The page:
Thursday, April 15, 2010

Button, Button, Who's Got the Button?

I confess I was utterly flummoxed (and more than a little disappointed) this morning to find not a single Google News result for yesterday's sale at Sotheby's of the fabulous letter signed by Button Gwinnett and five other Signers (you can see images and read background here [PDF]). The AP ran a short piece on the sale of a first edition of the 1790 Census signed by Jefferson (which made more than expected, selling for $122,500 to a private collector), and a Canadian reporter wrote about the lower-than-expected prices on several documents linked to Canada, but the Button Gwinnett result didn't even get that. Hopefully the reporters are just still digging to find out the buyer, and will file stories soon. We'll see.

The sale is certainly newsworthy. Somebody (I don't yet know who), paid $722,500 for this letter, containing the signatures of John Hancock, George Read, Robert Morris, Francis Lewis, Arthur Middleton, and the rarest of the rare, Button Gwinnett. The letter, found by a descendant of the recipient (John Ashmead), was sold at Anderson Galleries on 16 March 1927, for the then eye-popping sum of $51,000. The buyer was Dr. A.S.W. Rosenbach, the great Philadelphia bookman, who displayed the letter as part of several public exhibitions in the 1930s and 1940s (and included it in several of his catalogs).

Rosenbach finally sold the letter to Countess Carrie Estelle Doheny in 1948, and it sold at the sixth round of her sale, Christie's (1989) to the Copley Library for a bid of $209,000 (where it became the final Signer signature in the library's collection). That price for a Gwinnett signature was not beaten until 27 March 2002, when Christie's sold a different letter signed by Gwinnett, this one from the Forbes Collection. That made $270,000, a record which stood until yesterday's sale obliterated it.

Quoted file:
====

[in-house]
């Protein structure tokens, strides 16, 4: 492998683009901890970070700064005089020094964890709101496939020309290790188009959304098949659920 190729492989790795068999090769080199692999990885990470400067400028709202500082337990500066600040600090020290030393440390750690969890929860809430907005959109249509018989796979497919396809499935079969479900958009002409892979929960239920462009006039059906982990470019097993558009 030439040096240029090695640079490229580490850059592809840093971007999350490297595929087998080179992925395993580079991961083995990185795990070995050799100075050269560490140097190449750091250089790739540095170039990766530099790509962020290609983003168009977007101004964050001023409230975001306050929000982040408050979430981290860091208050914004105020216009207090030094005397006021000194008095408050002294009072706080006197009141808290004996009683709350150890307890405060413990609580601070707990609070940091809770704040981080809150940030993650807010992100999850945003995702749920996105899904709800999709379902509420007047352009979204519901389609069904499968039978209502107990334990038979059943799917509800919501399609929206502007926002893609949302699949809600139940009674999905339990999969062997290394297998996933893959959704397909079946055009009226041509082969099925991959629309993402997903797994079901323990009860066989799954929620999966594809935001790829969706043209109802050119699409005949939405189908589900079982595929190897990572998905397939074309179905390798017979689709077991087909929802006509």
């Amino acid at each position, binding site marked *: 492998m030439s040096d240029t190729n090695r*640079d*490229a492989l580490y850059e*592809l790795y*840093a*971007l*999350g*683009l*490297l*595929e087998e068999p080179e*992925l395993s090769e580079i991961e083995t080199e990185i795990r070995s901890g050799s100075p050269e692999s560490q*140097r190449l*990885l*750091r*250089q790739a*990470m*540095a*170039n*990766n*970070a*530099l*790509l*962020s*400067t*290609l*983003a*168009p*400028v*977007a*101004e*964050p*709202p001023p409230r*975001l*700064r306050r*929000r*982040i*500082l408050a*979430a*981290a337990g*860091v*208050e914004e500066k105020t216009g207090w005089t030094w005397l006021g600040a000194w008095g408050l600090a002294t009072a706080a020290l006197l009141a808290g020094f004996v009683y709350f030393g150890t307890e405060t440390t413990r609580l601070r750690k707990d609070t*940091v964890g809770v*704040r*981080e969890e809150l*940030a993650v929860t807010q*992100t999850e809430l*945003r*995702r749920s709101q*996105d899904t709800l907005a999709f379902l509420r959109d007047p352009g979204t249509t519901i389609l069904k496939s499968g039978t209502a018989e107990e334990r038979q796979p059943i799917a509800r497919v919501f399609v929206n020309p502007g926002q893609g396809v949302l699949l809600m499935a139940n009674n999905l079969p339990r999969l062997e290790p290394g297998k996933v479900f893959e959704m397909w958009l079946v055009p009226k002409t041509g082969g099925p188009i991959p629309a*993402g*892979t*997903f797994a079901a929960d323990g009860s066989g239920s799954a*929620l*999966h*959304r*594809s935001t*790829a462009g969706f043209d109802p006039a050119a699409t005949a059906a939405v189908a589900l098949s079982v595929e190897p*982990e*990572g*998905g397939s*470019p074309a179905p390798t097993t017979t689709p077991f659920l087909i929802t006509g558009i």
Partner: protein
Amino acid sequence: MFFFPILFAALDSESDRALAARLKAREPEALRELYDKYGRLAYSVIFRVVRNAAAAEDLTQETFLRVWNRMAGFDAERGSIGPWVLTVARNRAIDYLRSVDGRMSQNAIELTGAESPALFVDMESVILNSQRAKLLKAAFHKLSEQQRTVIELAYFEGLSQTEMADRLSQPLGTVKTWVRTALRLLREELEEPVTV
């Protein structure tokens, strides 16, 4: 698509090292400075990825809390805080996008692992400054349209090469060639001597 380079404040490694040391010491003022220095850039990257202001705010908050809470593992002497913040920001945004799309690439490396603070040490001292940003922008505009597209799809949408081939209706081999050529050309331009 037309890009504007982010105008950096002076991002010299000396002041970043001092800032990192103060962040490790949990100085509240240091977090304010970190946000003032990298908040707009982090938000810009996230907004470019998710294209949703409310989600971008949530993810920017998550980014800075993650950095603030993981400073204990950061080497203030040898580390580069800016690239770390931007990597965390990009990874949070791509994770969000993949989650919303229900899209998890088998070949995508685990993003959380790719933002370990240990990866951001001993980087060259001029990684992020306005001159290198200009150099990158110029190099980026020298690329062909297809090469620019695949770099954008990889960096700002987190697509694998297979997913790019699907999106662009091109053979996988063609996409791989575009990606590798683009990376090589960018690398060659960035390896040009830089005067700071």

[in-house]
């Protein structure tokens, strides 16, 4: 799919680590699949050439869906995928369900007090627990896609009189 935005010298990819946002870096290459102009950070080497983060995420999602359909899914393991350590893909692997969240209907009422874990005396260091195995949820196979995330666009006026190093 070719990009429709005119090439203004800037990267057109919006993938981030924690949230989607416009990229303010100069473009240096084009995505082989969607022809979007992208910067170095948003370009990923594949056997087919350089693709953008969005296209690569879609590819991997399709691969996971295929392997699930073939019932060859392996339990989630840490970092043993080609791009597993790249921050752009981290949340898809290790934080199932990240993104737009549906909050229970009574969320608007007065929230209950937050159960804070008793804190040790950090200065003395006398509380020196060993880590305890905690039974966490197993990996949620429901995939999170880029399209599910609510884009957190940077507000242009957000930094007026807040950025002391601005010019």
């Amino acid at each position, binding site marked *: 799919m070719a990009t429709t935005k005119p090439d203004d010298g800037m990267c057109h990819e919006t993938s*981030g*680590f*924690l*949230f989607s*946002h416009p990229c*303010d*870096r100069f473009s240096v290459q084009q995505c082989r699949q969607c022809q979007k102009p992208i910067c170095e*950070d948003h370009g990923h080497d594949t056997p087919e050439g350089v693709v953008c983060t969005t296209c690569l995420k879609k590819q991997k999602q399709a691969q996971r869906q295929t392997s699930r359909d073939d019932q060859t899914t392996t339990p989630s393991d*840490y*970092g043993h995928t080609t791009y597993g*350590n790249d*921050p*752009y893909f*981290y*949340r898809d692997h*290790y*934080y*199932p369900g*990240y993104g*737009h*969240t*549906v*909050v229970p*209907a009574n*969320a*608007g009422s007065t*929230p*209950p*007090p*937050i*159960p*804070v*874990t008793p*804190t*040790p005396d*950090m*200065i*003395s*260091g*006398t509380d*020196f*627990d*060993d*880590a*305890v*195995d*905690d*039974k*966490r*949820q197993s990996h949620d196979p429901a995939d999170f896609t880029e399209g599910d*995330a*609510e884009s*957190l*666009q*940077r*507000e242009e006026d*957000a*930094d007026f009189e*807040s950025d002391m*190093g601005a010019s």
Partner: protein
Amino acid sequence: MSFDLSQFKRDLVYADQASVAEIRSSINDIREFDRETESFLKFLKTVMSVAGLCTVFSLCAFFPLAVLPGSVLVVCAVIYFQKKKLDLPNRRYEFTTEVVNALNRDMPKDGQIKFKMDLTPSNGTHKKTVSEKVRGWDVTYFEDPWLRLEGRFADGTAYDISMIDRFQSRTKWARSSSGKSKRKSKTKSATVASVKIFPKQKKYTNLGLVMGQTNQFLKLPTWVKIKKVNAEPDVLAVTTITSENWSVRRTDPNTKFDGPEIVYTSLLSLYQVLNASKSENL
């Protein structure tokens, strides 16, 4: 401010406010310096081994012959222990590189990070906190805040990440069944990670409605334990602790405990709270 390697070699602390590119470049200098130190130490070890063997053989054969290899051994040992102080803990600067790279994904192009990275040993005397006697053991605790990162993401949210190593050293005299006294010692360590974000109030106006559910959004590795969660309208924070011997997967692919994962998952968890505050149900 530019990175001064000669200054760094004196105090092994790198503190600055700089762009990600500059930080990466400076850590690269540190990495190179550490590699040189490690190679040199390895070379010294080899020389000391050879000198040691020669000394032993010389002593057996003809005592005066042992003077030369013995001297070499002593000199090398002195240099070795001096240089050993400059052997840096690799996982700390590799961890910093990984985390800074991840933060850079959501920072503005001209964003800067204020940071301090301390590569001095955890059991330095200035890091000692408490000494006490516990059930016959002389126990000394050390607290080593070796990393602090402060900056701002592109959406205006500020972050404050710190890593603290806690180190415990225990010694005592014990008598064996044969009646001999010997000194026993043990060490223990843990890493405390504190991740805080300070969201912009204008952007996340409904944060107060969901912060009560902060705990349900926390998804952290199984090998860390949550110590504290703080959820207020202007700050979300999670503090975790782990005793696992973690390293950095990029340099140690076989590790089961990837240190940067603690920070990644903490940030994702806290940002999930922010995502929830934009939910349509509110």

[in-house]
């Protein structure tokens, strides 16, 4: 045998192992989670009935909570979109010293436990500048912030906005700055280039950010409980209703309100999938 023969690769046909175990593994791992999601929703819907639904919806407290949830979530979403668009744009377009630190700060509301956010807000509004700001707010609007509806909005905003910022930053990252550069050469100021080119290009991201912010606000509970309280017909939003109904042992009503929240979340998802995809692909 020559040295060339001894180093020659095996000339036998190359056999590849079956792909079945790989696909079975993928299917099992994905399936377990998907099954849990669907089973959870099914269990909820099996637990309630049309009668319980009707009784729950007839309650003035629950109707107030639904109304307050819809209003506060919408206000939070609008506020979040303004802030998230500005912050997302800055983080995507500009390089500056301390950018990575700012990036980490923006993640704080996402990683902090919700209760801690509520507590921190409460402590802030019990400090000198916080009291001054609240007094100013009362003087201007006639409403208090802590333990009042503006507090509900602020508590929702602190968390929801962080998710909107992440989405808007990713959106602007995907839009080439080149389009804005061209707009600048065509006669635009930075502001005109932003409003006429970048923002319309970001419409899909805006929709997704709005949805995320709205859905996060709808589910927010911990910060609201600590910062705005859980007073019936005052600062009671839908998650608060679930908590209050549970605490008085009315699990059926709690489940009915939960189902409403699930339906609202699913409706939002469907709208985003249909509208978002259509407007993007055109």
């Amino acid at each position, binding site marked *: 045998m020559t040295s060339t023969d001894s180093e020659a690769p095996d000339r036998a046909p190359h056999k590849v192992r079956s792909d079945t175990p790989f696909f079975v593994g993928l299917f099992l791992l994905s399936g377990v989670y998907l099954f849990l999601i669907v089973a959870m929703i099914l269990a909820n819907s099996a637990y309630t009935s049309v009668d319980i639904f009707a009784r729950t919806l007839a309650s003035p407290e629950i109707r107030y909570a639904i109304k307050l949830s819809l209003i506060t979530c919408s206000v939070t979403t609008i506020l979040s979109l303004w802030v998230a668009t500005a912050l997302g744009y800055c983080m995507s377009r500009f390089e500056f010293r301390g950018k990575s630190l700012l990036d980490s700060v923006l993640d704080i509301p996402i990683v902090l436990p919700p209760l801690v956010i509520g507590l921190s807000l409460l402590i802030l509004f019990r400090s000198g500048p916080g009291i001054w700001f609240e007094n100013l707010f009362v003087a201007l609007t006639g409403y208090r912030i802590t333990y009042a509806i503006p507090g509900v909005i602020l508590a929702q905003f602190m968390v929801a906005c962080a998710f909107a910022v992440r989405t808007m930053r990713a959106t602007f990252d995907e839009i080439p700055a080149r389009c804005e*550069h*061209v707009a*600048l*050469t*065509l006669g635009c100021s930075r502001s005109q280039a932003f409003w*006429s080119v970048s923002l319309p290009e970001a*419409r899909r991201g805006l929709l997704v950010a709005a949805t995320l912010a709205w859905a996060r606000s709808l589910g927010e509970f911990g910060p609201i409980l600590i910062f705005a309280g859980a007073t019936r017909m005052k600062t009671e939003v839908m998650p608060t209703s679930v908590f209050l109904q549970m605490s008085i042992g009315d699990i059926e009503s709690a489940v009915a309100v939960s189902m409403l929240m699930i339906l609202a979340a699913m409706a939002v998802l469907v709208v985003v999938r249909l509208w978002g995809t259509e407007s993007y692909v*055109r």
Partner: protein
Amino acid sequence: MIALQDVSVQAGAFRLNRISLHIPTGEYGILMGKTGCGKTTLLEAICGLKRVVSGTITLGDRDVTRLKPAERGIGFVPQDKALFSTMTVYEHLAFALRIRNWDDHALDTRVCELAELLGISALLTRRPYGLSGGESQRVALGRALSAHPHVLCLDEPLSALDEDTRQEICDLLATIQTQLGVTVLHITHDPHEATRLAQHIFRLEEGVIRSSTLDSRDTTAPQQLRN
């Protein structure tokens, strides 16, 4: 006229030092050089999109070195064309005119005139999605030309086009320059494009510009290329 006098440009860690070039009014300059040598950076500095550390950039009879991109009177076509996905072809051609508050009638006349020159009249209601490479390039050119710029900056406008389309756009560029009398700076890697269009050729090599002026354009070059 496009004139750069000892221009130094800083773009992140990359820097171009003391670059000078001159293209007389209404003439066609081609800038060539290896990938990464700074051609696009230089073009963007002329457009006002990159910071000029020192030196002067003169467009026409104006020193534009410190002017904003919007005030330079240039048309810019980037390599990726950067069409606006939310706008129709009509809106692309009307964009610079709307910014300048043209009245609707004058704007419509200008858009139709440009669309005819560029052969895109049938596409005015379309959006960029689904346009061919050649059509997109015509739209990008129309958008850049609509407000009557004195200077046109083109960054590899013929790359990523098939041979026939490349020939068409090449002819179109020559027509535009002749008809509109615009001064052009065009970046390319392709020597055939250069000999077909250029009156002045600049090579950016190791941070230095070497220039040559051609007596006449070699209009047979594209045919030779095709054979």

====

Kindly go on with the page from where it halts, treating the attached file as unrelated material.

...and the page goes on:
Interestingly, there seemed to be some Southern Signer Spillover - along with the Gwinnett letter, several other letters did much better than expected. The North Carolina Signers did very well: a1775 Joseph Hewes letter to Samuel Johnston better than tripled its esimates, selling for $53,125, then a February 1776 William Hooper letter more than doubled its projections and made $122,500. That was followed hot on its heels by a second Hooper letter from April 1776, which sold for $206,500 (over high estimates of $50,000).

The South Carolinians didn't do quite as well, but certainly exceeded expectations: a book from the library of South Carolina Signer Thomas Lynch fetched $40,625, and a document signed by his fellow Arthur Middleton and Thomas Heyward beat its estimate more than four times over, reaching $46,875. An Edward Rutledge letter made $23,750 (nearly double the estimate).

Gwinnett's fellow Georgians (Lyman Hall and George Walton) weren't represented in the sale.

If and when I learn who the buyer of the Gwinnett letter was, I'll be sure to report.

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